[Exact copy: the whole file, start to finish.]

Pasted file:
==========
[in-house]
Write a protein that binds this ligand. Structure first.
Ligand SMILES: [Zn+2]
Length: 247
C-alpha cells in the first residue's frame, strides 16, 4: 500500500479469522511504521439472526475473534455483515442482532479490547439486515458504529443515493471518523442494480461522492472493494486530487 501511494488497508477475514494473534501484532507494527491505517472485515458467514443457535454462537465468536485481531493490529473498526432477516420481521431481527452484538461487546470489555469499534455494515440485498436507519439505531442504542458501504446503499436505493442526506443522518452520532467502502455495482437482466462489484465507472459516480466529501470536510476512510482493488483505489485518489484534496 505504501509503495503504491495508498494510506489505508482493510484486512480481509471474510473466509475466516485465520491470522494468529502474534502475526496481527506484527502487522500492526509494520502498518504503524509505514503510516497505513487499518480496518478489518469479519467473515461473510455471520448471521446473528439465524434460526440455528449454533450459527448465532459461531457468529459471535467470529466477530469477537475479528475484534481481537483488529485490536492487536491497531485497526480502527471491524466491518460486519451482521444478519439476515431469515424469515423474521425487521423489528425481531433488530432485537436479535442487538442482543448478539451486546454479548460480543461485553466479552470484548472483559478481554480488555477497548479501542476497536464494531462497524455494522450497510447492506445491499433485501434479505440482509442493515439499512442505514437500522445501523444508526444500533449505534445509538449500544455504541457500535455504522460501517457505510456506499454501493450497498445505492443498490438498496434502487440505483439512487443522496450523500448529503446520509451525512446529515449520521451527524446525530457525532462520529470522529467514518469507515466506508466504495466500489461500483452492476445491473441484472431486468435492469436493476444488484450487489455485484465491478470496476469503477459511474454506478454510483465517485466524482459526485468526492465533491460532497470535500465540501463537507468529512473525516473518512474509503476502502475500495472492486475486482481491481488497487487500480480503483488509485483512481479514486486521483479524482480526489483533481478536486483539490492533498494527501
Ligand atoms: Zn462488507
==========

[in-house]
Write a protein that binds this ligand. Structure first.
Ligand SMILES: [Zn+2]
Length: 247
C-alpha cells in the first residue's frame, strides 16, 4: 500500500479469522511504521439472526475473534455483515442482532479490547439486515458504529443515493471518523442494480461522492472493494486530487 501511494488497508477475514494473534501484532507494527491505517472485515458467514443457535454462537465468536485481531493490529473498526432477516420481521431481527452484538461487546470489555469499534455494515440485498436507519439505531442504542458501504446503499436505493442526506443522518452520532467502502455495482437482466462489484465507472459516480466529501470536510476512510482493488483505489485518489484534496 505504501509503495503504491495508498494510506489505508482493510484486512480481509471474510473466509475466516485465520491470522494468529502474534502475526496481527506484527502487522500492526509494520502498518504503524509505514503510516497505513487499518480496518478489518469479519467473515461473510455471520448471521446473528439465524434460526440455528449454533450459527448465532459461531457468529459471535467470529466477530469477537475479528475484534481481537483488529485490536492487536491497531485497526480502527471491524466491518460486519451482521444478519439476515431469515424469515423474521425487521423489528425481531433488530432485537436479535442487538442482543448478539451486546454479548460480543461485553466479552470484548472483559478481554480488555477497548479501542476497536464494531462497524455494522450497510447492506445491499433485501434479505440482509442493515439499512442505514437500522445501523444508526444500533449505534445509538449500544455504541457500535455504522460501517457505510456506499454501493450497498445505492443498490438498496434502487440505483439512487443522496450523500448529503446520509451525512446529515449520521451527524446525530457525532462520529470522529467514518469507515466506508466504495466500489461500483452492476445491473441484472431486468435492469436493476444488484450487489455485484465491478470496476469503477459511474454506478454510483465517485466524482459526485468526492465533491460532497470535500465540501463537507468529512473525516473518512474509503476502502475500495472492486475486482481491481488497487487500480480503483488509485483512481479514486486521483479524482480526489483533481478536486483539490492533498494527501
Ligand atoms: Zn462488507